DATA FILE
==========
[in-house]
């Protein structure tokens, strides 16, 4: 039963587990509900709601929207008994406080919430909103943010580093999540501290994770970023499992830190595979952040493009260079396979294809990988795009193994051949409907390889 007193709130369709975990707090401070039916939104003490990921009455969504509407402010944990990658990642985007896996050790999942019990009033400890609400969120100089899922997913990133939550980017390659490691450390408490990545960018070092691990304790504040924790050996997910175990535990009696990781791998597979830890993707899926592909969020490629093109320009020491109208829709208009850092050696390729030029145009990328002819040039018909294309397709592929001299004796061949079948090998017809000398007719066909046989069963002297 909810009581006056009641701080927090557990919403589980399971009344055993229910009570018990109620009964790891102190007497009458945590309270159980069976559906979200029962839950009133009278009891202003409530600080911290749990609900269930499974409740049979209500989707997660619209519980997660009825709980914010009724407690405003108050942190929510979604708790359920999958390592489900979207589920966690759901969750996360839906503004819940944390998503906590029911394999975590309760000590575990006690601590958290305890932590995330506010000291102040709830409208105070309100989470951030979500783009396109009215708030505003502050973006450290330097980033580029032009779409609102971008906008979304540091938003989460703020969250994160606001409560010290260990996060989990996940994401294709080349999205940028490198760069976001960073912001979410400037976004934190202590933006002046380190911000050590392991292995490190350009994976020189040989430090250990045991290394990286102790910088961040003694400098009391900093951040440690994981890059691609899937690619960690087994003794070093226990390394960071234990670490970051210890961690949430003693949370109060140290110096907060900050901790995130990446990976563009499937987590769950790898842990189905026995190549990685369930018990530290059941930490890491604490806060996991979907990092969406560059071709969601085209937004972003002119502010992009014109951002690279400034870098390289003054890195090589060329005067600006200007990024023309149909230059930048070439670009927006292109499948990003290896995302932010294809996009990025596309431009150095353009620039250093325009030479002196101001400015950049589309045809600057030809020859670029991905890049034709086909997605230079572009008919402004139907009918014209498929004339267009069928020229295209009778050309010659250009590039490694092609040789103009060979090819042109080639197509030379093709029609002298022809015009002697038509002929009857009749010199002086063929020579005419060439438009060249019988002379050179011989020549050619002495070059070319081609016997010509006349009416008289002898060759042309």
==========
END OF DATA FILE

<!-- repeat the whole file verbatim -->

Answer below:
[in-house]
């Protein structure tokens, strides 16, 4: 039963587990509900709601929207008994406080919430909103943010580093999540501290994770970023499992830190595979952040493009260079396979294809990988795009193994051949409907390889 007193709130369709975990707090401070039916939104003490990921009455969504509407402010944990990658990642985007896996050790999942019990009033400890609400969120100089899922997913990133939550980017390659490691450390408490990545960018070092691990304790504040924790050996997910175990535990009696990781791998597979830890993707899926592909969020490629093109320009020491109208829709208009850092050696390729030029145009990328002819040039018909294309397709592929001299004796061949079948090998017809000398007719066909046989069963002297 909810009581006056009641701080927090557990919403589980399971009344055993229910009570018990109620009964790891102190007497009458945590309270159980069976559906979200029962839950009133009278009891202003409530600080911290749990609900269930499974409740049979209500989707997660619209519980997660009825709980914010009724407690405003108050942190929510979604708790359920999958390592489900979207589920966690759901969750996360839906503004819940944390998503906590029911394999975590309760000590575990006690601590958290305890932590995330506010000291102040709830409208105070309100989470951030979500783009396109009215708030505003502050973006450290330097980033580029032009779409609102971008906008979304540091938003989460703020969250994160606001409560010290260990996060989990996940994401294709080349999205940028490198760069976001960073912001979410400037976004934190202590933006002046380190911000050590392991292995490190350009994976020189040989430090250990045991290394990286102790910088961040003694400098009391900093951040440690994981890059691609899937690619960690087994003794070093226990390394960071234990670490970051210890961690949430003693949370109060140290110096907060900050901790995130990446990976563009499937987590769950790898842990189905026995190549990685369930018990530290059941930490890491604490806060996991979907990092969406560059071709969601085209937004972003002119502010992009014109951002690279400034870098390289003054890195090589060329005067600006200007990024023309149909230059930048070439670009927006292109499948990003290896995302932010294809996009990025596309431009150095353009620039250093325009030479002196101001400015950049589309045809600057030809020859670029991905890049034709086909997605230079572009008919402004139907009918014209498929004339267009069928020229295209009778050309010659250009590039490694092609040789103009060979090819042109080639197509030379093709029609002298022809015009002697038509002929009857009749010199002086063929020579005419060439438009060249019988002379050179011989020549050619002495070059070319081609016997010509006349009416008289002898060759042309």